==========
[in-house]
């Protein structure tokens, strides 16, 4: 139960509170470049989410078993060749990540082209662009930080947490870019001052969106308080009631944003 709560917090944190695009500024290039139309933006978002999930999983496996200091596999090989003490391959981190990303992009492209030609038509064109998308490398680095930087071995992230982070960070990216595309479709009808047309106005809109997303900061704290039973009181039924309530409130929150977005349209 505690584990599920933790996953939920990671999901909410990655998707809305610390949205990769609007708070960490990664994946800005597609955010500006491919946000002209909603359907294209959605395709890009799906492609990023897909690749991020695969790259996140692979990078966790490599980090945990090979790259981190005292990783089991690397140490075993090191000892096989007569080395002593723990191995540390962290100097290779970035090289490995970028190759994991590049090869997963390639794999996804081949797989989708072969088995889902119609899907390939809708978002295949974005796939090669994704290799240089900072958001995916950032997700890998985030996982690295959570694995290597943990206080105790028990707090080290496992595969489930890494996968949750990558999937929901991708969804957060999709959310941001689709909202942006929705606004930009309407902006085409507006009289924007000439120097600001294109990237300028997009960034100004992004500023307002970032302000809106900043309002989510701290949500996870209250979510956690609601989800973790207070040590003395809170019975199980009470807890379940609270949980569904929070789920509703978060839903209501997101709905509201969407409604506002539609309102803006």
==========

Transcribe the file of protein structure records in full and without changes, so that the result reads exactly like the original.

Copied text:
[in-house]
């Protein structure tokens, strides 16, 4: 139960509170470049989410078993060749990540082209662009930080947490870019001052969106308080009631944003 709560917090944190695009500024290039139309933006978002999930999983496996200091596999090989003490391959981190990303992009492209030609038509064109998308490398680095930087071995992230982070960070990216595309479709009808047309106005809109997303900061704290039973009181039924309530409130929150977005349209 505690584990599920933790996953939920990671999901909410990655998707809305610390949205990769609007708070960490990664994946800005597609955010500006491919946000002209909603359907294209959605395709890009799906492609990023897909690749991020695969790259996140692979990078966790490599980090945990090979790259981190005292990783089991690397140490075993090191000892096989007569080395002593723990191995540390962290100097290779970035090289490995970028190759994991590049090869997963390639794999996804081949797989989708072969088995889902119609899907390939809708978002295949974005796939090669994704290799240089900072958001995916950032997700890998985030996982690295959570694995290597943990206080105790028990707090080290496992595969489930890494996968949750990558999937929901991708969804957060999709959310941001689709909202942006929705606004930009309407902006085409507006009289924007000439120097600001294109990237300028997009960034100004992004500023307002970032302000809106900043309002989510701290949500996870209250979510956690609601989800973790207070040590003395809170019975199980009470807890379940609270949980569904929070789920509703978060839903209501997101709905509201969407409604506002539609309102803006």